The Prince of Wales, who opted for a smart tweed blazer, cream trousers and red and blue striped tie, helped plant a tree next to Commanding Officer, Lieutenant Colonel Henry Llewelyn-Usher

Prince Charles chatted to each and every one present about their service and plans for the future. Pictured, during the visit

Prince Charles chatted to each and every one present about their service and plans for the future. Pictured, during the visit

The royal (pictured) was heard asking several whether the soldiers had ‘taken part in my father’s funeral recently'

The royal (pictured) was heard asking several whether the soldiers had ‘taken part in my father’s funeral recently’

They also carry out ceremonial duties and last year took part in the Queen’s socially-distanced birthday tribute at Windsor Castle.

Charles told them how immensely grateful he was for all the work they did, reminding them: ‘Of course as you know I followed in my father’s footsteps. He was Colonel of the Welsh Guards for 22 years and he then handed over to me back in 1975.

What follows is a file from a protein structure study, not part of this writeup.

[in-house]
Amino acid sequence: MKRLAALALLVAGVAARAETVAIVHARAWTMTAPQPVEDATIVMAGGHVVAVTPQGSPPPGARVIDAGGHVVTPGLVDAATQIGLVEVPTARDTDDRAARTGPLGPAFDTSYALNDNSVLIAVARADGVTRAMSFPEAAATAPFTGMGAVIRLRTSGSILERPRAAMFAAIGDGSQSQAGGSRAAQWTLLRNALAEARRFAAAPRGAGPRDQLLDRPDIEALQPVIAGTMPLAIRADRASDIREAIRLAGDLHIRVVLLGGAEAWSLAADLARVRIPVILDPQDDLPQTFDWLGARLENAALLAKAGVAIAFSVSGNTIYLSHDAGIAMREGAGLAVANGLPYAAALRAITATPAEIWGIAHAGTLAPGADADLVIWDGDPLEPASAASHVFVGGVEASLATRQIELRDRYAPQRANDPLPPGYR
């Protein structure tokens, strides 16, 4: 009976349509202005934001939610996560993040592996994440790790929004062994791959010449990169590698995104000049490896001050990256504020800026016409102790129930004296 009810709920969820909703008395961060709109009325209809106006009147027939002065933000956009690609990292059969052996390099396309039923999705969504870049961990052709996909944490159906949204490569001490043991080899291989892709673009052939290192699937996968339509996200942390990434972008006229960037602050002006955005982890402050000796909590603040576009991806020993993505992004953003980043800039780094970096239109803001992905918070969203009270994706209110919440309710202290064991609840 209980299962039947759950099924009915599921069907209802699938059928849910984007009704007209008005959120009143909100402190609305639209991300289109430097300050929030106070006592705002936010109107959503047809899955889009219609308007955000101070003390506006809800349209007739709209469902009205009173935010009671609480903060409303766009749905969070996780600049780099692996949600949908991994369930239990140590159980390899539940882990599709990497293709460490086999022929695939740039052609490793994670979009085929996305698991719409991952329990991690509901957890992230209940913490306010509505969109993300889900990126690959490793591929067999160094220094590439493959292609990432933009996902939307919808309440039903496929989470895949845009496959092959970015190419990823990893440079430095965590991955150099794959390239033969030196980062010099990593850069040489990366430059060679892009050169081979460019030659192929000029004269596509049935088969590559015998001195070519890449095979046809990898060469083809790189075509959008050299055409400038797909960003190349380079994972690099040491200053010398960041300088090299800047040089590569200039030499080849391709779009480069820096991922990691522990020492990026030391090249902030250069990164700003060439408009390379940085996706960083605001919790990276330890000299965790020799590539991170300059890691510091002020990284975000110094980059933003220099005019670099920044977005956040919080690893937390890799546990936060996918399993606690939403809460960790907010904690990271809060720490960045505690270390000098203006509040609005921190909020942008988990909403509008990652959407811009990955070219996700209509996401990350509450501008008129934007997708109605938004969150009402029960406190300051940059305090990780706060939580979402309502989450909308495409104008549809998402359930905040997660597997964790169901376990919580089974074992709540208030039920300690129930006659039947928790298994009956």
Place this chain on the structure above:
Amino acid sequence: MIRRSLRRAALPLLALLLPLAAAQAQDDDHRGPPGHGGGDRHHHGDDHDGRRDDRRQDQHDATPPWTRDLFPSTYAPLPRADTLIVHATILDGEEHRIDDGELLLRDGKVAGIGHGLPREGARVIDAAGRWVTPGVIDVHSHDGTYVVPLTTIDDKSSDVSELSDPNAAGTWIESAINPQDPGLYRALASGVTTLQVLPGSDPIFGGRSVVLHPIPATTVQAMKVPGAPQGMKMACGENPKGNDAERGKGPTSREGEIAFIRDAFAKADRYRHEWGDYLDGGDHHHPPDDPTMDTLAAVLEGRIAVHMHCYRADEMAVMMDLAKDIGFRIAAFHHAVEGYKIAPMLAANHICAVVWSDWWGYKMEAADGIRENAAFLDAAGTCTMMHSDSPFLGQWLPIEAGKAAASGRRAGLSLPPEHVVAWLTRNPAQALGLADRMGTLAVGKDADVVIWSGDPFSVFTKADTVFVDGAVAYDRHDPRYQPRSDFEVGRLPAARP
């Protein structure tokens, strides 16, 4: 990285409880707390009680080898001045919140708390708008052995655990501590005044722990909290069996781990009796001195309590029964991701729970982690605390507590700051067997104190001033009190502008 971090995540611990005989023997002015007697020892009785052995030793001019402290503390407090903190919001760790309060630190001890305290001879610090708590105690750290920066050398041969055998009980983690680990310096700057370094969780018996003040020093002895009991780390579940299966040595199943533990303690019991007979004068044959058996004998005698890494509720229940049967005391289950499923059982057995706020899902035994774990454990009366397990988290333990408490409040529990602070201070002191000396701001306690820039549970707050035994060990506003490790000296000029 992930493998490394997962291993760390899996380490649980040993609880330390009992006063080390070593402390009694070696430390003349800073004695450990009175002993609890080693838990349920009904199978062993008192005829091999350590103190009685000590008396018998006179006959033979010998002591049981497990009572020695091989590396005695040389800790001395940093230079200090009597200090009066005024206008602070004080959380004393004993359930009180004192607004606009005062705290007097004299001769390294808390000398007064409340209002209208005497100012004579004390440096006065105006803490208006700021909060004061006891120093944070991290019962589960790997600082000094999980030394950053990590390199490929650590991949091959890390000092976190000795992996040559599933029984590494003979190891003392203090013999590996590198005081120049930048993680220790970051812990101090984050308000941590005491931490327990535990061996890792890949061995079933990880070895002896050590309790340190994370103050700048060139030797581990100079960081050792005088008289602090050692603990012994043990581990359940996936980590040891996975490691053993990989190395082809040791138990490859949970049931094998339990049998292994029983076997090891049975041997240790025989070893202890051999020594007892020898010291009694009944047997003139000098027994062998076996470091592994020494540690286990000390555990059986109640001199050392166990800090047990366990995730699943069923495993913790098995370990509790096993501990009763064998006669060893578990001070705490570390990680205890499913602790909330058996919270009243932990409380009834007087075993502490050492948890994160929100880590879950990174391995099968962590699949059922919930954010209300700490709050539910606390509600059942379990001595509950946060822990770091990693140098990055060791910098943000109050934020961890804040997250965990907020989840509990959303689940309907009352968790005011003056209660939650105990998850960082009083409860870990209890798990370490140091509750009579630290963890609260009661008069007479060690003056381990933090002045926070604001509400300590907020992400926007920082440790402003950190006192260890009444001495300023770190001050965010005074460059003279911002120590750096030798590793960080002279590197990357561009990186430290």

‘You have had to put up with me for the last 46 years, during which time I have managed to see grandfather, fathers and now grandsons coming through this regiment. 

‘So for me it has been something very special and given me a real sense of the family connections this battalion has. I am enormously proud of what you do. ‘ 

Prince Charles' appearance comes days after it was revealed the royal has shared a touching childhood picture with royal fans to thank them after they sent notes of sympathy to Clarence House following his father, the Duke of Edinburgh's death. Pictured, at Combermere Barracks in Windsor

Prince Charles’ appearance comes days after it was revealed the royal has shared a touching childhood picture with royal fans to thank them after they sent notes of sympathy to Clarence House following his father, the Duke of Edinburgh’s death. Pictured, at Combermere Barracks in Windsor

Prince Charles's (pictured, today) son Prince Harry served two tours in Afghanistan between 2007 and 2008 and qualified as an Apache aircraft commander during his decade in the forces